Mauritian firms to focus on disclosure & transparency for corporate governance
Advocacy, self-interest, self-review, and familiarity are the threats that may adversely impact the independence of auditors, according to Thierry Leung. (Image: Cecilia Samoisi)
The Mauritius Institute of Directors (MIoD) organised a director development programme on disclosure and transparency at the Labourdonnais Waterfront Hotel yesterday, November 6, 2014.
This workshop aimed at making the participants understand the importance of being fair and above-board in corporate communication.
The workshop was attended by nine participants who had Françoise White, Partner/Director at White & White Associates, as facilitator, and Thierry Leung, Associate Director at Ernst & Young, as guest speaker.
Françoise White stated that the process of disclosure and transparency has become more stringent, as it entails a fresh set of responsibilities for the company, and ensures that it going well beyond written obligations to best serve the interests of its stakeholders.
She gave the definition of transparency, which is making sure that the true performance of the company is clearly captured in all corporate communications. She also noted that today, transparency and disclosure are taking on a whole new dimension of being proactive and voluntary, and this move to take stakeholders into confidence can help win their trust and eventually enhance the value of the company.
The participants were told that the essence of disclosure is to possess the ability to communicate those information items that a company wants to share with a particular group of people simultaneously.
Furthermore, Françoise White mentioned the Organisation for Economic Co-operation and Development (OECD) disclosure obligations, where she chose to emphasise the foreseeable risk factors.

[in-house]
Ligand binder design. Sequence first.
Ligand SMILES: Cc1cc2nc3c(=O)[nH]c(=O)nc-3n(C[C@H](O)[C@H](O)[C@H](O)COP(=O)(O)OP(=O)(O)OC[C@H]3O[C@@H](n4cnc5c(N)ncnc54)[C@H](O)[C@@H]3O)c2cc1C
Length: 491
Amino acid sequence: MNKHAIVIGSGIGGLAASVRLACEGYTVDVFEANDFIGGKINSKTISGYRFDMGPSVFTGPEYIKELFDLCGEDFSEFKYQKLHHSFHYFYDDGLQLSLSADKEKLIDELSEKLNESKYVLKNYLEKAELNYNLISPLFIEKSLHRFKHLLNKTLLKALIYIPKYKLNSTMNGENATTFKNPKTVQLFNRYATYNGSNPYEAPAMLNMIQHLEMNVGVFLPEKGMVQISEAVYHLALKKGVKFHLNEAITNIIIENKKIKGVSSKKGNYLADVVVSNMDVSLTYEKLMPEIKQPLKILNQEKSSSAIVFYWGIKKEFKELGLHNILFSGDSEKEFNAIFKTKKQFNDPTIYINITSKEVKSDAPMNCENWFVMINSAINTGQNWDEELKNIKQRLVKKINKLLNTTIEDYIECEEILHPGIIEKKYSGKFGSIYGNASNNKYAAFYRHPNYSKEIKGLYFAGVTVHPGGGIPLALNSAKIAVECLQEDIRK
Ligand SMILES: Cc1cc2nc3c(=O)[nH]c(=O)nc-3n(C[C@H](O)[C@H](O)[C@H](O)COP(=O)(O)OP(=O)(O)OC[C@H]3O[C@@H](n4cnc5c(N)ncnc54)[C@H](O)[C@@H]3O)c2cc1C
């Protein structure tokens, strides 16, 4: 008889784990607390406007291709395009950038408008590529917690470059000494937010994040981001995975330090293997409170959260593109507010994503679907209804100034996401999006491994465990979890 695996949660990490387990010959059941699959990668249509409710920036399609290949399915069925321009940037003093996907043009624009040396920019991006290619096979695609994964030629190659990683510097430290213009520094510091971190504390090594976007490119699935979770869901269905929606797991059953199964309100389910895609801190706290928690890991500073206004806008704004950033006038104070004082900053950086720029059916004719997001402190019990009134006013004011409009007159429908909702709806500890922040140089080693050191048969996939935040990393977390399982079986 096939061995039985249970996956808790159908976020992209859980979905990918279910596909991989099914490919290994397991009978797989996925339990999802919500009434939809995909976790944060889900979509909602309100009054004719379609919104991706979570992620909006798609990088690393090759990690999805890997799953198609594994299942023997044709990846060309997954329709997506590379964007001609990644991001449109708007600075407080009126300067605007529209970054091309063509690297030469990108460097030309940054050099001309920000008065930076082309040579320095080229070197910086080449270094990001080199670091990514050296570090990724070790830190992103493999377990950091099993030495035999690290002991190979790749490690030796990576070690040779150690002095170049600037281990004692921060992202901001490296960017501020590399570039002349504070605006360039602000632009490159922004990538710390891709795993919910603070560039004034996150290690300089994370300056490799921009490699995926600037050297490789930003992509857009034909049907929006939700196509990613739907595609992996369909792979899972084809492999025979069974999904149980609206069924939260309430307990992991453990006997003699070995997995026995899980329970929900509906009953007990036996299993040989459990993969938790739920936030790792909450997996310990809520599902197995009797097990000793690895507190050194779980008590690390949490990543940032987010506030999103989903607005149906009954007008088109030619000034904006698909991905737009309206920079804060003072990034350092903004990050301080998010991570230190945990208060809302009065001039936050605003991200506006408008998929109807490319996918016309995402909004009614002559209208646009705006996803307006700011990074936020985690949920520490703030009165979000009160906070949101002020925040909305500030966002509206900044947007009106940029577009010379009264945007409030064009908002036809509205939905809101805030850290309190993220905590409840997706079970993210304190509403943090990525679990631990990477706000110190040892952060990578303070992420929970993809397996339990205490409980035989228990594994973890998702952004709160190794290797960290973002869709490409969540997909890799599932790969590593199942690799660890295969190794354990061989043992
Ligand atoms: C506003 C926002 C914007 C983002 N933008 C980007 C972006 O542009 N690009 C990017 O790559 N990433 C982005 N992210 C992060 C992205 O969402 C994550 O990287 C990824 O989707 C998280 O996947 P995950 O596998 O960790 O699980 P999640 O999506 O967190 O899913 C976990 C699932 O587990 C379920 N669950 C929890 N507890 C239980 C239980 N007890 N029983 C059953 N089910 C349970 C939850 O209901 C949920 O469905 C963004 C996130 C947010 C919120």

She noted that the five pillars of disclosure and transparency are: truthfulness, completeness, materiality of information, timeliness, and accessibility.
“Timeliness is an important pillar because there is no point in disclosing relevant and time-bound information too late. Today, disclosure and transparency can be a competitive advantage for a corporation,” Françoise White pointed out.
She added that reliable and timely information serves as deterrent to fraud and corruption as well as helps companies to differentiate themselves.
According to her, a strong disclosure and transparency regime is pivotal for market-based monitoring of companies and central to shareholder ability to exercise ownership rights.
Additionally, it can be a powerful tool for influencing companies and protecting investors.
On the contrary, a weak disclosure and transparency regime can contribute to unethical behaviour and loss of market integrity as well as hamper the ability of the markets to function by increasing the cost of capital and resulting in poor resource allocation.
She ended on the note that relevance is the main criteria of non-financial information and that relevant information has no universal rule to gauge its importance, but depends on the nature of the business.
“Nowadays, a best practice that is widely prevalent is to have an investor relations departments to explain the company’s vision and strategy to the investing community and to build sell-side community interest,” she concluded.
Guest speaker Thierry Leung spoke on the role of external auditor in disclosure and transparency.
He stated that the perceived role of an auditor is to ensure that accounts are well kept and to detect fraud, if any, but in fact his or her actual role is to express an opinion on the financial statements prepared by directors.
In some cases, an auditor reports on the disclosure of the corporate Governance report and in extremely rare circumstances, he or she expresses an opinion on the system of internal control.
Advocacy, self-interest, self-review, and familiarity are the threats that may impact the independence of auditors, according to Thierry Leung.
He outlined that all these threats impact a lot on a company, for example, if the CEO of a company and the company’s auditor are familiar, this can lead to fraud.
- By Marie-Lorry Coret and Cecilia Samoisi